4.     Local Regulations

    The next thing to remember is that regulations in certain areas will differ from locality to locality. Precisely what the regulations are in the jurisdiction where your property is located will be outlined in the plan local d’urbanisme (PLU), which will dictate what is permissible. The local planning authority, such as the local town hall, is your go-to source for understanding these regulations.


    Engaging with local authorities, seeking their guidance, and maintaining open communication throughout the planning process is essential and will help prevent potential roadblocks.

    5.     Conservation Areas and Legal Obligations

    Properties within conservation areas or near historical monuments are subject to stringent regulations. Obtaining planning permission in such areas requires adherence to strict guidelines – however, in reality, the chances of being granted permission to build or significantly alter any buildings in such places are extremely slim.


    Perhaps more importantly for your project, no matter where you intend to build, obtaining the necessary permits involves submitting detailed plans and adhering to legal obligations. Non-compliance with planning laws can result in legal action, hefty fines of up to €300,000, and even prison time in extreme cases – so always make sure you follow the law to the letter.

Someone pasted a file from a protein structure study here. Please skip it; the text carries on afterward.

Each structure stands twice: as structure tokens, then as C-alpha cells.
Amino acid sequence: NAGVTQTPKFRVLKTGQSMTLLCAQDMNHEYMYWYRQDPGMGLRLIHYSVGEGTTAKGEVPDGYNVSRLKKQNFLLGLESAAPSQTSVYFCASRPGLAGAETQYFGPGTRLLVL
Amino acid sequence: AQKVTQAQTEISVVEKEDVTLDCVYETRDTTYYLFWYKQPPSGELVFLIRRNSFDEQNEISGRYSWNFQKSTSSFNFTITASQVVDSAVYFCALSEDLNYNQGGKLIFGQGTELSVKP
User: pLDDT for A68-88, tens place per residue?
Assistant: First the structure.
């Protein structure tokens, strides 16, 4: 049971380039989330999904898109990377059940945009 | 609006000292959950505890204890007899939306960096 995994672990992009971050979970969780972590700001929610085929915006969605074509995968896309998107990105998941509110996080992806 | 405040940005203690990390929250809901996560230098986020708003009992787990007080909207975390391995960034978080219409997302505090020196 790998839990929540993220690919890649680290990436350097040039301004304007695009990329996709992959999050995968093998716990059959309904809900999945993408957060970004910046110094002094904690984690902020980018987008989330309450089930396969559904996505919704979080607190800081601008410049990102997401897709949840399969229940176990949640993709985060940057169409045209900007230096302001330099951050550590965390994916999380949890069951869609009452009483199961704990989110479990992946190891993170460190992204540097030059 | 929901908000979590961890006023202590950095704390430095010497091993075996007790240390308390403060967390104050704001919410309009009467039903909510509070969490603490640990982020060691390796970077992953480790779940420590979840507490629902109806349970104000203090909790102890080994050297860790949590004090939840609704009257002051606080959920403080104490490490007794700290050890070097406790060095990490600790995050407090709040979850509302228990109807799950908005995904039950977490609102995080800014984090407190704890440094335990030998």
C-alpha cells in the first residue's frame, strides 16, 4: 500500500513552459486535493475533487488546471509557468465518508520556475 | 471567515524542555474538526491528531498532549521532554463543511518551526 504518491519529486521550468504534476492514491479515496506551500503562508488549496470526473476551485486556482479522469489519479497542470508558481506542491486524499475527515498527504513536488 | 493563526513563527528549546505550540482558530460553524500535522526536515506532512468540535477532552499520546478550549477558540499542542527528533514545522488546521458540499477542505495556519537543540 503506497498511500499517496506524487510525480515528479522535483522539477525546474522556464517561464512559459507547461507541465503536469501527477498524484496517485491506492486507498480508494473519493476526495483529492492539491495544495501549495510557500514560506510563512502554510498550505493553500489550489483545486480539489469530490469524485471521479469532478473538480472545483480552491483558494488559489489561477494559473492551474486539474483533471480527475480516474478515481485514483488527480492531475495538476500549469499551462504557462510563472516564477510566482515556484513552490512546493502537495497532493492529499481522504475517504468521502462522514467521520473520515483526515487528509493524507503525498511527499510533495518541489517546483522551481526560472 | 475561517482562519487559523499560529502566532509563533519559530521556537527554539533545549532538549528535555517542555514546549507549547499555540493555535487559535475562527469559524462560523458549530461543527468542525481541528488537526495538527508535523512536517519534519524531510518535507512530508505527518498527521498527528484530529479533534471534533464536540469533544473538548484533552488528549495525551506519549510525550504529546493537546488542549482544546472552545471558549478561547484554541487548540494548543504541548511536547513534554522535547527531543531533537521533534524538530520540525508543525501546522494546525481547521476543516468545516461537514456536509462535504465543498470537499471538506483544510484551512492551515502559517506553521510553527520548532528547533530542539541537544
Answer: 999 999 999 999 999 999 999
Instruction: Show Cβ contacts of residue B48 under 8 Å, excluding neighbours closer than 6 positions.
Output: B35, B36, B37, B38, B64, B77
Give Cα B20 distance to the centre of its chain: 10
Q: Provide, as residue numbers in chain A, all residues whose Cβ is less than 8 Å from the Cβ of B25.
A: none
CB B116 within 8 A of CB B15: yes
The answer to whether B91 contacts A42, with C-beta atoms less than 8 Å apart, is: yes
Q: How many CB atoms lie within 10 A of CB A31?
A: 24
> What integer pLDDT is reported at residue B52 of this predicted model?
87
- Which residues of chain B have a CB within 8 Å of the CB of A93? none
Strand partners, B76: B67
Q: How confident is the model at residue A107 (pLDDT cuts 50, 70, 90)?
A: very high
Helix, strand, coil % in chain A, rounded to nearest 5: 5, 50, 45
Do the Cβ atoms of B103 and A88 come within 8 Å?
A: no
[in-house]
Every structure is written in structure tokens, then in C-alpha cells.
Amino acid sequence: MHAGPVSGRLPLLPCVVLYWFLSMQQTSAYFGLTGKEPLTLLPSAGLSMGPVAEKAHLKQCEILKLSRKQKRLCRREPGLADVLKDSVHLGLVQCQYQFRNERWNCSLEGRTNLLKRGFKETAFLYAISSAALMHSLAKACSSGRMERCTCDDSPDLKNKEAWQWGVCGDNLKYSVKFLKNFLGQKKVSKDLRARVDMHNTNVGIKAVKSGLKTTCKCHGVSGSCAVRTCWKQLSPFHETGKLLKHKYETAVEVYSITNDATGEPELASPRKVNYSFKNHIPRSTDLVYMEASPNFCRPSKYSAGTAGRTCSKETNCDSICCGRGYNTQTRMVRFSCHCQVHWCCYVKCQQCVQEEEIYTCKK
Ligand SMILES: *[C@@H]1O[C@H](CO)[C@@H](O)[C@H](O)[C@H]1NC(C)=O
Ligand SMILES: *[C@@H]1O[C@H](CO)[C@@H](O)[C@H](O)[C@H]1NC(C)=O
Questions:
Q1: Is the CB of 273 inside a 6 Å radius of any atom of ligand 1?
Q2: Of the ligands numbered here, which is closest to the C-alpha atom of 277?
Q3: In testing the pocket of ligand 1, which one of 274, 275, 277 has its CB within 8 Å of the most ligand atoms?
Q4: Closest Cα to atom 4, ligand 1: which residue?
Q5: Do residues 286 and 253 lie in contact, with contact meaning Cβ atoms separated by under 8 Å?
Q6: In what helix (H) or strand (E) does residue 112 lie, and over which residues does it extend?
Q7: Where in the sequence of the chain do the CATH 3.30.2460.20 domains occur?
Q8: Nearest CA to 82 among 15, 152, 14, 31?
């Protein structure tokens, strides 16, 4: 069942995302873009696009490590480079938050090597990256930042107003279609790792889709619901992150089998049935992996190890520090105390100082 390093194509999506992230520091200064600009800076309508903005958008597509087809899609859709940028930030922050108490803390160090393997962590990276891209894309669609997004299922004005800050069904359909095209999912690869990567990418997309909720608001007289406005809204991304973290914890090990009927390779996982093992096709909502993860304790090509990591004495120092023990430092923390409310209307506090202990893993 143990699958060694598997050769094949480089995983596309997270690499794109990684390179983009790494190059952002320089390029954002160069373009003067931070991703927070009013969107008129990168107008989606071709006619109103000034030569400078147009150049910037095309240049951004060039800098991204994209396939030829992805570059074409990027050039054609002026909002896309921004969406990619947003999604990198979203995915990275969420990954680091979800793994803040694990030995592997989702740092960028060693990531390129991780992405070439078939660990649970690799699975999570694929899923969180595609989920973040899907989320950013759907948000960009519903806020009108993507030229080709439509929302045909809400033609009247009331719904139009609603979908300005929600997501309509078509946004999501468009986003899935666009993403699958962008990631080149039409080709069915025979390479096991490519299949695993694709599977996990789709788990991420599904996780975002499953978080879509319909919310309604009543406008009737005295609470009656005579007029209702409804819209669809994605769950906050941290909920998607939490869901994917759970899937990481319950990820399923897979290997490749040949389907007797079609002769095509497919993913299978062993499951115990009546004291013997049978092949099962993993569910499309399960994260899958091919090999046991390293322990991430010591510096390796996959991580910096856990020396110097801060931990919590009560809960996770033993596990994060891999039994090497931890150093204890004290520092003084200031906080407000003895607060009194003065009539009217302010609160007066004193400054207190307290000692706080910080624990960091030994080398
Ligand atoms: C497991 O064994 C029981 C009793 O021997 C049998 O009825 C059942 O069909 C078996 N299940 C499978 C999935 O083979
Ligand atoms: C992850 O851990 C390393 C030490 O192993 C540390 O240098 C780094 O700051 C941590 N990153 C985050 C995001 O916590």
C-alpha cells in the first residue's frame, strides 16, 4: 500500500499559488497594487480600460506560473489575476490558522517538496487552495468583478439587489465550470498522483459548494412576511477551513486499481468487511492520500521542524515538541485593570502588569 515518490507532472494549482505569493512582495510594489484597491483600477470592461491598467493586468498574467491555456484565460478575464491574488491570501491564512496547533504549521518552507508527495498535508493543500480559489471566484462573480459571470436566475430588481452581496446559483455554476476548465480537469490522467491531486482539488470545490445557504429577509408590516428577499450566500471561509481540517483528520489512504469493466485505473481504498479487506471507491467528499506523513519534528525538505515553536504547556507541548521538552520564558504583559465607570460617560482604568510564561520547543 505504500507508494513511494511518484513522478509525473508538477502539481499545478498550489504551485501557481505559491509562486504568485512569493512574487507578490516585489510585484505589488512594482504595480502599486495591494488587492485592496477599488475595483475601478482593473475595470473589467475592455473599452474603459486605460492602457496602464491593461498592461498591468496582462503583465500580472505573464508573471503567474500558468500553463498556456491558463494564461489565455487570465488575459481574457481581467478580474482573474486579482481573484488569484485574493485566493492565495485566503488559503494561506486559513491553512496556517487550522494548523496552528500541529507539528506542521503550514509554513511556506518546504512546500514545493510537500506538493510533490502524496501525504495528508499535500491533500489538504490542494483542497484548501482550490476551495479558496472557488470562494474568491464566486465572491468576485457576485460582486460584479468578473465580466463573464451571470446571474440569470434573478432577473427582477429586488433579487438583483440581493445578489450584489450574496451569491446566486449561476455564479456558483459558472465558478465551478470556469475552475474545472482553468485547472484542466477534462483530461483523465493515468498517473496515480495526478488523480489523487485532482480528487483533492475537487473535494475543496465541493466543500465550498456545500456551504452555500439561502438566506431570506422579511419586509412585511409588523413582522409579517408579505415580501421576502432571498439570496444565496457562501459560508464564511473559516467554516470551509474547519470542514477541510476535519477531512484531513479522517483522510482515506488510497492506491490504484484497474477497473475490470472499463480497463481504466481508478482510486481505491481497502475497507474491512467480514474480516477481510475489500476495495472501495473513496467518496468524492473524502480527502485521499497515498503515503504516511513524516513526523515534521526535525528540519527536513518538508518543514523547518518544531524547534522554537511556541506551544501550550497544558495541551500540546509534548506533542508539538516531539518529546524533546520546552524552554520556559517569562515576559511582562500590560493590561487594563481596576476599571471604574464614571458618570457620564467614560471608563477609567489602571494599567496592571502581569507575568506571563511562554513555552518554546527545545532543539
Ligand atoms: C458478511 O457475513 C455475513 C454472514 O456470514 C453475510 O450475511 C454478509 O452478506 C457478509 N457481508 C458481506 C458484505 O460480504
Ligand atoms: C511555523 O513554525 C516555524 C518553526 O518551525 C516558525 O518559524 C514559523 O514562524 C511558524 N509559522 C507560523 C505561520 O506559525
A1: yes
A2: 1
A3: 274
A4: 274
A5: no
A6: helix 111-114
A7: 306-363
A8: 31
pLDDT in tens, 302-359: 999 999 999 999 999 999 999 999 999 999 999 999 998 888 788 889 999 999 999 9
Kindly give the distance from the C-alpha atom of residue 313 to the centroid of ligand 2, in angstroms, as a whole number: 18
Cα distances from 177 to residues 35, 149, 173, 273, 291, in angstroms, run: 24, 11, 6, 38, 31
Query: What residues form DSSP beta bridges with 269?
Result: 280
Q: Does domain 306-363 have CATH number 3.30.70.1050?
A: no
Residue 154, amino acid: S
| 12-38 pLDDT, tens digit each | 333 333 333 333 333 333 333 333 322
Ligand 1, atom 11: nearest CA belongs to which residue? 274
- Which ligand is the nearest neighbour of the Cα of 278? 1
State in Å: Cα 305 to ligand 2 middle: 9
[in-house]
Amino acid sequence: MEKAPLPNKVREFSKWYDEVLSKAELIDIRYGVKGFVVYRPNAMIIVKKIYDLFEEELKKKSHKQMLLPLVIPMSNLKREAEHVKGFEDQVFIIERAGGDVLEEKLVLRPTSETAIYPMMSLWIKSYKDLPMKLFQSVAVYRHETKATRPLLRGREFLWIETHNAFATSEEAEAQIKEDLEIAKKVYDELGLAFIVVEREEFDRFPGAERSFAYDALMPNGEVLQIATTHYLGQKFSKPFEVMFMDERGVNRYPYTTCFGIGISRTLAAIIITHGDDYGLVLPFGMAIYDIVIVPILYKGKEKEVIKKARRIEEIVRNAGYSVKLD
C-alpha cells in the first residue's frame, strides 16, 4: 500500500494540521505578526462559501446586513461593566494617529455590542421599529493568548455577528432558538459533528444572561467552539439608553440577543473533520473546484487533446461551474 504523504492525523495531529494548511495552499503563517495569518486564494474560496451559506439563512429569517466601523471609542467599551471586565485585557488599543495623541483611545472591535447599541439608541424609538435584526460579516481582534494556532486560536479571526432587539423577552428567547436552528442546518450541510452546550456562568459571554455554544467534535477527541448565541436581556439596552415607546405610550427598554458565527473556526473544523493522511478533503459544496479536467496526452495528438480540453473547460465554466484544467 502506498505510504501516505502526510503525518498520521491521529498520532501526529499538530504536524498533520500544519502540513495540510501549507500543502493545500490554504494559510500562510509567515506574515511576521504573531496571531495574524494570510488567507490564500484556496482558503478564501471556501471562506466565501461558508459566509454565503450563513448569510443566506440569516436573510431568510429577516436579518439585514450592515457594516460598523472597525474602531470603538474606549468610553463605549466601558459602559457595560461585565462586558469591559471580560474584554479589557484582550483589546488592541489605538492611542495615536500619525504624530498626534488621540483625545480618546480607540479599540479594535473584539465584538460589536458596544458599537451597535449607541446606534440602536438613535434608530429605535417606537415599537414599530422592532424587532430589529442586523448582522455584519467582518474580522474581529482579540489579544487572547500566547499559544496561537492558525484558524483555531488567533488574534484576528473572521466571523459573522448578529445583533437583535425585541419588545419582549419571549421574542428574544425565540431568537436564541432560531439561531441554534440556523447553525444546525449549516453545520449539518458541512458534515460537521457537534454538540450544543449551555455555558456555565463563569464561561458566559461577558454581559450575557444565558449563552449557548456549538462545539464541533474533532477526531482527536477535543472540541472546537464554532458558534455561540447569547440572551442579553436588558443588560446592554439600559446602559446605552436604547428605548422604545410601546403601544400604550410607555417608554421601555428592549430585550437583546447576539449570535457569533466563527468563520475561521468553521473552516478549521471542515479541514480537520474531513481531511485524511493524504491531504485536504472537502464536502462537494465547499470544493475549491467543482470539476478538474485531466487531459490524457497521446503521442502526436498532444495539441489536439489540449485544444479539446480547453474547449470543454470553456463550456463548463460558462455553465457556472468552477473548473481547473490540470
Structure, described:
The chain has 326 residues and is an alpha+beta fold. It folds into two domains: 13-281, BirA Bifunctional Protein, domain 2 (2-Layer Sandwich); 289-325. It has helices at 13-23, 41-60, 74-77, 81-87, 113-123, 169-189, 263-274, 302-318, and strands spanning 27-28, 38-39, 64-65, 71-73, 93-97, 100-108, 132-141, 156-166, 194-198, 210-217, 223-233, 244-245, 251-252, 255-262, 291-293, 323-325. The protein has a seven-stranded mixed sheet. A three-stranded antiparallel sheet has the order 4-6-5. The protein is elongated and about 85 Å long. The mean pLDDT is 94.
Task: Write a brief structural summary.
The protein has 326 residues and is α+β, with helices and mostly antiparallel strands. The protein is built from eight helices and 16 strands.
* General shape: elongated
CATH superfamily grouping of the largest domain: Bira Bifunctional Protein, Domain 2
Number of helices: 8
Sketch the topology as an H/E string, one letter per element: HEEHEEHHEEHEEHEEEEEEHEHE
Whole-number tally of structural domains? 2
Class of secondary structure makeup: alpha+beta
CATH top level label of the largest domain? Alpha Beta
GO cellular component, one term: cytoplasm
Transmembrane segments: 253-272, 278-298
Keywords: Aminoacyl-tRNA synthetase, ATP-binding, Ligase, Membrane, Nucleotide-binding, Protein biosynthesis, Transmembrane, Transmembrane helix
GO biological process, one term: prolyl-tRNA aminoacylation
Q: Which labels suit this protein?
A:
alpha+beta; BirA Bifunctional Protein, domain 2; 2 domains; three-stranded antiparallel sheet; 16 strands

Charles Mackintosh – South of France Property Surveyor

    Navigating the French planning system can be complex, especially for non-French speakers. Consulting a professional, like a trusted property surveyor with expertise in planning permission, can simplify the process and ensure compliance.


    Charles Mackintosh is the man you’re looking for. With over 30 years’ experience living and operating in the region, Charles specialises in providing highly regarded English language property surveys and advice to overseas buyers.


    For more information, get in touch today.

  • The Impact of a French Property Survey on Property Valuation

    french property survey on property valuation

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    For overseas buyers purchasing a house in the beautiful and charming South of France, commissioning a property survey is a vital step in ensuring everything runs smoothly and that you end up with a property that will bring you joy and pleasure – not pain and regret.

    Indeed, investing in a French property can be a dream come true – but it’s crucial to make informed decisions so you can avoid potential pitfalls and enjoy a hassle-free buying experience. What’s important is to have as much knowledge as possible about a property before you commit to purchase – as a property’s true value may be quite different from the valuation listed by estate agents or sellers. Often, the only way to reach the truth is by commissioning a completely impartial survey report from a trusted South of France property surveyor.